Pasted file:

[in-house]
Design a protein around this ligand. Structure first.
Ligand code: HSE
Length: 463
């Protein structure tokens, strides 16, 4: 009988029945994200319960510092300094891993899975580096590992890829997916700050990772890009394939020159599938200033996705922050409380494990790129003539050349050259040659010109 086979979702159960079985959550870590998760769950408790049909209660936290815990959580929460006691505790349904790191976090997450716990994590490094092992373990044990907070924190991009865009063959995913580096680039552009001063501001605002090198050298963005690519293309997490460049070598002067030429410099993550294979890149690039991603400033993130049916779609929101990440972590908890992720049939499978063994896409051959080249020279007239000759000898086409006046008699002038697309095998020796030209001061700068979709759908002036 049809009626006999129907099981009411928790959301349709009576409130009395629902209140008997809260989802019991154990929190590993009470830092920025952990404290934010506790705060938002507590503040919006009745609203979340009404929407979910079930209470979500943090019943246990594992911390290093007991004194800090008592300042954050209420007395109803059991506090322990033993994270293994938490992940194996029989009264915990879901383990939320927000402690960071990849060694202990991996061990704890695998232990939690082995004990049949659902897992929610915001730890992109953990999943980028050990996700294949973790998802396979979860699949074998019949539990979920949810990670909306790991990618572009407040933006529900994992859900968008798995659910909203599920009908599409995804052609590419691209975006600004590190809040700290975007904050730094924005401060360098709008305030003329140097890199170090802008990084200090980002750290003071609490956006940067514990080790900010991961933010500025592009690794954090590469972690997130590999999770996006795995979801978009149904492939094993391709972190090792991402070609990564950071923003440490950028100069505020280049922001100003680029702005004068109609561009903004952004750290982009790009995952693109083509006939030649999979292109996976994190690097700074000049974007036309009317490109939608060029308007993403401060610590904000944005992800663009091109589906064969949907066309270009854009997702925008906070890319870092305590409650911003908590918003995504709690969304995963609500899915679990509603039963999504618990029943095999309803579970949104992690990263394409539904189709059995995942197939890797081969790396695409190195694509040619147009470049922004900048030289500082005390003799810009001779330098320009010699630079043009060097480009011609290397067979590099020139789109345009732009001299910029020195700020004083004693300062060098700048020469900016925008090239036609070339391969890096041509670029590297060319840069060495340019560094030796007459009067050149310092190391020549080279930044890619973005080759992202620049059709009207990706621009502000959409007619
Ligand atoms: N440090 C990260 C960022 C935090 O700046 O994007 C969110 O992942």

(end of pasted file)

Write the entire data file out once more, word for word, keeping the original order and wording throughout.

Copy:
[in-house]
Design a protein around this ligand. Structure first.
Ligand code: HSE
Length: 463
């Protein structure tokens, strides 16, 4: 009988029945994200319960510092300094891993899975580096590992890829997916700050990772890009394939020159599938200033996705922050409380494990790129003539050349050259040659010109 086979979702159960079985959550870590998760769950408790049909209660936290815990959580929460006691505790349904790191976090997450716990994590490094092992373990044990907070924190991009865009063959995913580096680039552009001063501001605002090198050298963005690519293309997490460049070598002067030429410099993550294979890149690039991603400033993130049916779609929101990440972590908890992720049939499978063994896409051959080249020279007239000759000898086409006046008699002038697309095998020796030209001061700068979709759908002036 049809009626006999129907099981009411928790959301349709009576409130009395629902209140008997809260989802019991154990929190590993009470830092920025952990404290934010506790705060938002507590503040919006009745609203979340009404929407979910079930209470979500943090019943246990594992911390290093007991004194800090008592300042954050209420007395109803059991506090322990033993994270293994938490992940194996029989009264915990879901383990939320927000402690960071990849060694202990991996061990704890695998232990939690082995004990049949659902897992929610915001730890992109953990999943980028050990996700294949973790998802396979979860699949074998019949539990979920949810990670909306790991990618572009407040933006529900994992859900968008798995659910909203599920009908599409995804052609590419691209975006600004590190809040700290975007904050730094924005401060360098709008305030003329140097890199170090802008990084200090980002750290003071609490956006940067514990080790900010991961933010500025592009690794954090590469972690997130590999999770996006795995979801978009149904492939094993391709972190090792991402070609990564950071923003440490950028100069505020280049922001100003680029702005004068109609561009903004952004750290982009790009995952693109083509006939030649999979292109996976994190690097700074000049974007036309009317490109939608060029308007993403401060610590904000944005992800663009091109589906064969949907066309270009854009997702925008906070890319870092305590409650911003908590918003995504709690969304995963609500899915679990509603039963999504618990029943095999309803579970949104992690990263394409539904189709059995995942197939890797081969790396695409190195694509040619147009470049922004900048030289500082005390003799810009001779330098320009010699630079043009060097480009011609290397067979590099020139789109345009732009001299910029020195700020004083004693300062060098700048020469900016925008090239036609070339391969890096041509670029590297060319840069060495340019560094030796007459009067050149310092190391020549080279930044890619973005080759992202620049059709009207990706621009502000959409007619
Ligand atoms: N440090 C990260 C960022 C935090 O700046 O994007 C969110 O992942």